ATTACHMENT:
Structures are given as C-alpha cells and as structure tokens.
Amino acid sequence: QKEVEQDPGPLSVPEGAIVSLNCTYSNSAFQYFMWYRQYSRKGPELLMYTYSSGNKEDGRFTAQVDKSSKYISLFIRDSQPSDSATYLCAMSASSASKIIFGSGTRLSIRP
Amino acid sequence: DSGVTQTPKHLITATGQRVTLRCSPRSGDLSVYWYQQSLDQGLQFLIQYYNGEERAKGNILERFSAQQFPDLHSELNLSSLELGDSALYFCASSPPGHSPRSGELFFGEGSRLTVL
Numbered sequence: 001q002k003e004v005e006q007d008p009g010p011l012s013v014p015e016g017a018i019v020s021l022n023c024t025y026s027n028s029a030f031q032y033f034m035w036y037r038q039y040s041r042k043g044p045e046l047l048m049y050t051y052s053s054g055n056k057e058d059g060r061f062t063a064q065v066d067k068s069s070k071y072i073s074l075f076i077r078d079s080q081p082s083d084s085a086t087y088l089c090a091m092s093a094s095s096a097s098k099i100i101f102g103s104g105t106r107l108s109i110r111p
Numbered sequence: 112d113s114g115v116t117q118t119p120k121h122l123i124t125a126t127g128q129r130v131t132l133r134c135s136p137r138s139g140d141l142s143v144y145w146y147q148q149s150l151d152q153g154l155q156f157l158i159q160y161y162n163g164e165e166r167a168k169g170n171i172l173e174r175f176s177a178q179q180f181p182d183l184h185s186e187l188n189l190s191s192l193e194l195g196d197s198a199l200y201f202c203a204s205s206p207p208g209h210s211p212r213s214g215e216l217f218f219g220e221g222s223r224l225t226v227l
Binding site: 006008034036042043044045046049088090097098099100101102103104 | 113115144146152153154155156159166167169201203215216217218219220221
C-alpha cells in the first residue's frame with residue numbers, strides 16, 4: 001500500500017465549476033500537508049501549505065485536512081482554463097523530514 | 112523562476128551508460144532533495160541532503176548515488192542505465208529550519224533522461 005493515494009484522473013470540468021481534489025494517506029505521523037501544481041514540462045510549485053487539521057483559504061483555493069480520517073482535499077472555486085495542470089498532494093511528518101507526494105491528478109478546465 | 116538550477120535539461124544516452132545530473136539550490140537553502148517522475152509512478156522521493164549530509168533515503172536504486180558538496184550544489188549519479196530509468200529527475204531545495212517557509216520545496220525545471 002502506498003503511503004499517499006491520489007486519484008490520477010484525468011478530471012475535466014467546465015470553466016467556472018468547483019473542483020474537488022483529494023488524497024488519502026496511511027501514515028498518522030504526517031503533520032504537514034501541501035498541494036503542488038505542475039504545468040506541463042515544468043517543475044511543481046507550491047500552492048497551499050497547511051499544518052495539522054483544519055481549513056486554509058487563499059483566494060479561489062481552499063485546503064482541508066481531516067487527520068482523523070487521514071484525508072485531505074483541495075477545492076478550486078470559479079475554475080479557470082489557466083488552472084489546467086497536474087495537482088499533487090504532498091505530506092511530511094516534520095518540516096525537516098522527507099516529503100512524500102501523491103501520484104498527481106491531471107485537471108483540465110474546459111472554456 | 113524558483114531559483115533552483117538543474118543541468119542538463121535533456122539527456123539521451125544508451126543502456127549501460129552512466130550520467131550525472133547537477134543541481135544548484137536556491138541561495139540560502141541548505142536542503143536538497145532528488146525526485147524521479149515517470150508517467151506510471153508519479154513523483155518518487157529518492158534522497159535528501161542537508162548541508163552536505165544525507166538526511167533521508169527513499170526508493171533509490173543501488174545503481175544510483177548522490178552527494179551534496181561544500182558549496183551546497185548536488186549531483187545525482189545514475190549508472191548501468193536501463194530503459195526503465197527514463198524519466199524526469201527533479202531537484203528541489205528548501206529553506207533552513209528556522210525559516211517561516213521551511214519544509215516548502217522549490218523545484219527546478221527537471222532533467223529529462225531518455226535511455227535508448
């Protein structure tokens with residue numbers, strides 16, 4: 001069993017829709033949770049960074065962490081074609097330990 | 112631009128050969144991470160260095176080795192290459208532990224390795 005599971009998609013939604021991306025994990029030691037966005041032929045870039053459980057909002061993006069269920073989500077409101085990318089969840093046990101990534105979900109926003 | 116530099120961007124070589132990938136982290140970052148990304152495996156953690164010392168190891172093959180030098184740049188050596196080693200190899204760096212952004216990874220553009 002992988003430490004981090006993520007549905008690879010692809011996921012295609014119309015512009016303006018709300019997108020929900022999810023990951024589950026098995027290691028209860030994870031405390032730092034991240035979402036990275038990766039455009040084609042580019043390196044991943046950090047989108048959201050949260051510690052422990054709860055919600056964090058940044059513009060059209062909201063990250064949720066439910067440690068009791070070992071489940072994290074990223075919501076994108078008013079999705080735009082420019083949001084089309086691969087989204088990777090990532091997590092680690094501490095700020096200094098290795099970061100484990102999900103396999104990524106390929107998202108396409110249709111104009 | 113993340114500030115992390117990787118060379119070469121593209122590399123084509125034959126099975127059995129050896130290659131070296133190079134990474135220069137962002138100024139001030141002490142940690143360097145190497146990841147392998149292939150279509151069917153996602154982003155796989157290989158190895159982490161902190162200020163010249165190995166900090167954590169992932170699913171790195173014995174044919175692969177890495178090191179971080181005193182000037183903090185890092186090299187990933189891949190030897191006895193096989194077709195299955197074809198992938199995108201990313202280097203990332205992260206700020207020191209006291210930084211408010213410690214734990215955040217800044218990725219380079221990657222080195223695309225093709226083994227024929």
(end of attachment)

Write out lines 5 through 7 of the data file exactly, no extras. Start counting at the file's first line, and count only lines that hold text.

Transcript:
Numbered sequence: 112d113s114g115v116t117q118t119p120k121h122l123i124t125a126t127g128q129r130v131t132l133r134c135s136p137r138s139g140d141l142s143v144y145w146y147q148q149s150l151d152q153g154l155q156f157l158i159q160y161y162n163g164e165e166r167a168k169g170n171i172l173e174r175f176s177a178q179q180f181p182d183l184h185s186e187l188n189l190s191s192l193e194l195g196d197s198a199l200y201f202c203a204s205s206p207p208g209h210s211p212r213s214g215e216l217f218f219g220e221g222s223r224l225t226v227l
Binding site: 006008034036042043044045046049088090097098099100101102103104 | 113115144146152153154155156159166167169201203215216217218219220221
C-alpha cells in the first residue's frame with residue numbers, strides 16, 4: 001500500500017465549476033500537508049501549505065485536512081482554463097523530514 | 112523562476128551508460144532533495160541532503176548515488192542505465208529550519224533522461 005493515494009484522473013470540468021481534489025494517506029505521523037501544481041514540462045510549485053487539521057483559504061483555493069480520517073482535499077472555486085495542470089498532494093511528518101507526494105491528478109478546465 | 116538550477120535539461124544516452132545530473136539550490140537553502148517522475152509512478156522521493164549530509168533515503172536504486180558538496184550544489188549519479196530509468200529527475204531545495212517557509216520545496220525545471 002502506498003503511503004499517499006491520489007486519484008490520477010484525468011478530471012475535466014467546465015470553466016467556472018468547483019473542483020474537488022483529494023488524497024488519502026496511511027501514515028498518522030504526517031503533520032504537514034501541501035498541494036503542488038505542475039504545468040506541463042515544468043517543475044511543481046507550491047500552492048497551499050497547511051499544518052495539522054483544519055481549513056486554509058487563499059483566494060479561489062481552499063485546503064482541508066481531516067487527520068482523523070487521514071484525508072485531505074483541495075477545492076478550486078470559479079475554475080479557470082489557466083488552472084489546467086497536474087495537482088499533487090504532498091505530506092511530511094516534520095518540516096525537516098522527507099516529503100512524500102501523491103501520484104498527481106491531471107485537471108483540465110474546459111472554456 | 113524558483114531559483115533552483117538543474118543541468119542538463121535533456122539527456123539521451125544508451126543502456127549501460129552512466130550520467131550525472133547537477134543541481135544548484137536556491138541561495139540560502141541548505142536542503143536538497145532528488146525526485147524521479149515517470150508517467151506510471153508519479154513523483155518518487157529518492158534522497159535528501161542537508162548541508163552536505165544525507166538526511167533521508169527513499170526508493171533509490173543501488174545503481175544510483177548522490178552527494179551534496181561544500182558549496183551546497185548536488186549531483187545525482189545514475190549508472191548501468193536501463194530503459195526503465197527514463198524519466199524526469201527533479202531537484203528541489205528548501206529553506207533552513209528556522210525559516211517561516213521551511214519544509215516548502217522549490218523545484219527546478221527537471222532533467223529529462225531518455226535511455227535508448